Intraparenchymal intracranial pressure monitoring for hydrocephalus and cerebrospinal fluid disorders

  • Aswin Chari
  • Debayan Dasgupta
  • Alexander Smedley
  • Claudia Craven
  • Edward Dyson
  • Samir Matloob
  • Simon Thompson
  • Lewis Thorne
  • Ahmed K. Toma
  • Laurence Watkins
Open Access
Original Article - Vascular

Abstract

Background

Elective intraparenchymal intracranial pressure (ICP) monitoring is useful for the diagnosis and treatment of hydrocephalus and cerebrospinal fluid (CSF) disorders. This retrospective study analyzes median ICP and pulse amplitude (PA) recordings in neurosurgically naïve patients undergoing elective ICP monitoring for suspected CSF disorders.

Methods

Retrospective review of prospectively collated database of neurosurgically naïve patients undergoing elective ICP monitoring for suspected hydrocephalus and CSF disorders. Following extraction of the median ICP and PA values (separated into all, day and night time recordings), principal component analysis (PCA) was performed to identify the principal factors determining the spread of the data. Exploratory comparisons and correlations of ICP and PA values were explored, including by post hoc diagnostic groupings and age.

Results

A total of 198 patients were identified in six distinct diagnostic groups (n = 21–47 in each).

The PCA suggested that there were two main factors accounting for the spread in the data, with 61.4% of the variance determined largely by the PA and 33.0% by the ICP recordings.

Exploratory comparisons of PA and ICP between the diagnostic groups showed significant differences between the groups. Specifically, significant differences were observed in PA between a group managed conservatively and the Chiari/syrinx, IIH, and NPH/LOVA groups and in the ICP between the conservatively managed group and high-pressure, IIH, and low-pressure groups. Correlations between ICP and PA revealed some interesting trends in the different diagnostic groups and correlations between ICP, PA, and age revealed a decreasing ICP and increasing PA with age.

Conclusions

This study provides insights into hydrodynamic disturbances in different diagnostic groups of patients with CSF hydrodynamic disorders. It highlights the utility of analyzing both median PA and ICP recordings, stratified into day and night time recordings.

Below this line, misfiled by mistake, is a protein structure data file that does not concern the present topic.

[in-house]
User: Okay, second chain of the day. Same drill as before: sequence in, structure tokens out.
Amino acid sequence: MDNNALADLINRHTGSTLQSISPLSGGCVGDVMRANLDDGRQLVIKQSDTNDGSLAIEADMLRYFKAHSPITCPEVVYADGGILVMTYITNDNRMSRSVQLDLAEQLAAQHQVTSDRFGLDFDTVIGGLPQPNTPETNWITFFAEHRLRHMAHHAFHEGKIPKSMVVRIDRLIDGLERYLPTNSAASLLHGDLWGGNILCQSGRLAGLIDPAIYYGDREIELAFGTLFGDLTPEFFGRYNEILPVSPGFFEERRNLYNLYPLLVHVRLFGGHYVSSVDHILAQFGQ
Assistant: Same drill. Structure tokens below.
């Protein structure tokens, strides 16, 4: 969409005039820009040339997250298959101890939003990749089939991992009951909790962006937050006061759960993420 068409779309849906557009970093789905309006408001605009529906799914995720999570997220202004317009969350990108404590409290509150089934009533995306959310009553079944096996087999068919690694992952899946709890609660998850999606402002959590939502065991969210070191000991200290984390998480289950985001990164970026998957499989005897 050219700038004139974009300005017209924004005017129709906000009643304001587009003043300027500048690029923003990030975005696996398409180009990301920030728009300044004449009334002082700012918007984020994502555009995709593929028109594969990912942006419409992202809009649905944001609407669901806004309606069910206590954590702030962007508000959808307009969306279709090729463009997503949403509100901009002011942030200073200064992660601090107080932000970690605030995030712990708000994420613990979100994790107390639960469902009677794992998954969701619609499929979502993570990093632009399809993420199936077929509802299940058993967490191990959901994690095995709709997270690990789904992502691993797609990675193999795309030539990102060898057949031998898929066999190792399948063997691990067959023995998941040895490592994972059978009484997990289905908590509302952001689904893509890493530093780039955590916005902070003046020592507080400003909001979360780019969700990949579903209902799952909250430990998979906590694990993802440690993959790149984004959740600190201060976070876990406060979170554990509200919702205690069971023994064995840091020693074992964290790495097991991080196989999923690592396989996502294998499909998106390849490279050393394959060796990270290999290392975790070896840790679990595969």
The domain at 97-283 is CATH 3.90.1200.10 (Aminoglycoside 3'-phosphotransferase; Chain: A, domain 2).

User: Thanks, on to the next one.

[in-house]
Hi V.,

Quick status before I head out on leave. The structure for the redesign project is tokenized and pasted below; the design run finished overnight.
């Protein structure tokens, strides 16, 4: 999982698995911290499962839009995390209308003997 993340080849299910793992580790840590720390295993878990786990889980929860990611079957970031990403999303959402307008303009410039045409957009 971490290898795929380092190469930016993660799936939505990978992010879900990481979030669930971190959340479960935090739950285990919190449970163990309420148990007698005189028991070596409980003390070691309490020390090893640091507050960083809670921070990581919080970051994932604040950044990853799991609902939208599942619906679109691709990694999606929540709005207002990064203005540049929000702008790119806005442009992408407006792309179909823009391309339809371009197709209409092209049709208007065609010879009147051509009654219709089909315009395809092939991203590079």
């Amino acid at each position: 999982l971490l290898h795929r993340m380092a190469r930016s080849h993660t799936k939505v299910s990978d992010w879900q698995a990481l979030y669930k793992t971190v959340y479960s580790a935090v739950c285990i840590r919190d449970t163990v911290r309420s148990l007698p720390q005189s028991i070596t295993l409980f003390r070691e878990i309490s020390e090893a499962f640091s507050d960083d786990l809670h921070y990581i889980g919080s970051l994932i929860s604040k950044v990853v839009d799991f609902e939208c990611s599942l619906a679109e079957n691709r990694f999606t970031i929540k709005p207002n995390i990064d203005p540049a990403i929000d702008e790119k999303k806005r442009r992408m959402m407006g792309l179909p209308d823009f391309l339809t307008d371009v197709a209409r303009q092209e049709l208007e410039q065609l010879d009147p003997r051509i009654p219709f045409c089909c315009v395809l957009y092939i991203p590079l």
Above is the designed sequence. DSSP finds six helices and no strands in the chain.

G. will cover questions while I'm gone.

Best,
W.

Keywords

Intracranial pressure Hydrocephalus Cerebrospinal fluid dynamics 

Introduction

The use of elective intraparenchymal intracranial pressure (ICP) monitoring for the diagnosis and management of hydrocephalus and cerebrospinal fluid (CSF) disorders in adults has been used for several years in a number of different centers [9, 10, 20, 21]. It has multiple benefits over other diagnostic procedures such as lumbar puncture and lumbar infusion studies as it provides a longer period of monitoring, with opportunities to identify fluctuations isolated to certain periods of the day/night and track symptom-pressure correlations over a period of 24-48 h [19]. It reduces the risk of false positives and false negatives induced by ‘snapshot’ methods such as lumbar puncture. ICP monitoring also has the ability to assess response to interventions (such as CSF shunts and venous sinus stents) and has been shown to reduce the need for re-intervention in these patients [17, 18, 21]. In our experience, intraparenchymal ICP monitoring is safe, with a low rate of complications [5, 20, 21].

In our institution, elective ICP monitoring is undertaken in patients who have symptoms deemed consistent with altered CSF dynamics, following discussion at a specialist multidisciplinary team meeting consisting of neurosurgeons and neurologists with a specialist interest in headache, hydrocephalus, and CSF disorders. Following monitoring, the specialist multidisciplinary team arrives at a diagnosis, based upon a holistic assessment of the patient’s symptoms and analysis of the ICP trace over the monitoring period, the ICP histogram and the ICP vs. PA scatter plot.

Despite the benefits and relatively low risk, there are little published data on the results of invasive ICP monitoring in this context, specifically data about values to guide clinical decision-making in both naïve patients undergoing ICP monitoring and patients undergoing ICP monitoring to assess dysfunction post-interventions such CSF shunts and venous sinus stents.

This study undertakes a retrospective analysis of the median ICP and pulse amplitude (PA) recordings measured during the entire recording phase (all), day time (day), and night time (night) in this cohort of patients undergoing intraparenchymal ICP monitoring for suspected hydrocephalus and disorders of CSF dynamics. The aims of the study were to assess, via principal component analysis (PCA), which of these components are critical to the interpretation. Previous work from our center has suggested that 24-h monitoring is sufficient [19] and splitting the data into day time and night time would also allow us to assess whether overnight monitoring is required to make a diagnosis.

Methods